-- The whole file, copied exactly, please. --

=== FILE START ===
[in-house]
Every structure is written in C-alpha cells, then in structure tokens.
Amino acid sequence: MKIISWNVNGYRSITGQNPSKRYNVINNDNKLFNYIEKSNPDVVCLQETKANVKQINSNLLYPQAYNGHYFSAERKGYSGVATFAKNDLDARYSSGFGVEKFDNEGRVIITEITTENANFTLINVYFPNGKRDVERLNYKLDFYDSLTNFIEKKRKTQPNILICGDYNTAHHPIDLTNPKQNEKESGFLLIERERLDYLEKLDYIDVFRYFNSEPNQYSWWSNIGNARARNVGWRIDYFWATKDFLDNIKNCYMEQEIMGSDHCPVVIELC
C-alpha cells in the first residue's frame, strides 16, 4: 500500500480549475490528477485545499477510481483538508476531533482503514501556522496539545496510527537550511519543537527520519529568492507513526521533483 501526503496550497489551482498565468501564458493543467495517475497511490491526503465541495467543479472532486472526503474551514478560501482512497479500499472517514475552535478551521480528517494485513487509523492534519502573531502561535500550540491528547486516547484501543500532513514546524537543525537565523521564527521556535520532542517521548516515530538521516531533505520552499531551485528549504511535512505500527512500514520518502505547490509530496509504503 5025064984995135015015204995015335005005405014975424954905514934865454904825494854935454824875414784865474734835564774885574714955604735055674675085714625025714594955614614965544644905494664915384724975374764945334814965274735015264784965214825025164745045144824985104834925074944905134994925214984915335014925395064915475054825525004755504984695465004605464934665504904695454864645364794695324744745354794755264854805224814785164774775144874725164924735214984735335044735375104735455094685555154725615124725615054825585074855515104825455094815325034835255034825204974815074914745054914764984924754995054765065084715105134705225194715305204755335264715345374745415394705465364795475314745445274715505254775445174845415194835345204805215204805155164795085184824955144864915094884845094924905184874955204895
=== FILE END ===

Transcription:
[in-house]
Every structure is written in C-alpha cells, then in structure tokens.
Amino acid sequence: MKIISWNVNGYRSITGQNPSKRYNVINNDNKLFNYIEKSNPDVVCLQETKANVKQINSNLLYPQAYNGHYFSAERKGYSGVATFAKNDLDARYSSGFGVEKFDNEGRVIITEITTENANFTLINVYFPNGKRDVERLNYKLDFYDSLTNFIEKKRKTQPNILICGDYNTAHHPIDLTNPKQNEKESGFLLIERERLDYLEKLDYIDVFRYFNSEPNQYSWWSNIGNARARNVGWRIDYFWATKDFLDNIKNCYMEQEIMGSDHCPVVIELC
C-alpha cells in the first residue's frame, strides 16, 4: 500500500480549475490528477485545499477510481483538508476531533482503514501556522496539545496510527537550511519543537527520519529568492507513526521533483 501526503496550497489551482498565468501564458493543467495517475497511490491526503465541495467543479472532486472526503474551514478560501482512497479500499472517514475552535478551521480528517494485513487509523492534519502573531502561535500550540491528547486516547484501543500532513514546524537543525537565523521564527521556535520532542517521548516515530538521516531533505520552499531551485528549504511535512505500527512500514520518502505547490509530496509504503 5025064984995135015015204995015335005005405014975424954905514934865454904825494854935454824875414784865474734835564774885574714955604735055674675085714625025714594955614614965544644905494664915384724975374764945334814965274735015264784965214825025164745045144824985104834925074944905134994925214984915335014925395064915475054825525004755504984695465004605464934665504904695454864645364794695324744745354794755264854805224814785164774775144874725164924735214984735335044735375104735455094685555154725615124725615054825585074855515104825455094815325034835255034825204974815074914745054914764984924754995054765065084715105134705225194715305204755335264715345374745415394705465364795475314745445274715505254775445174845415194835345204805215204805155164795085184824955144864915094884845094924905184874955204895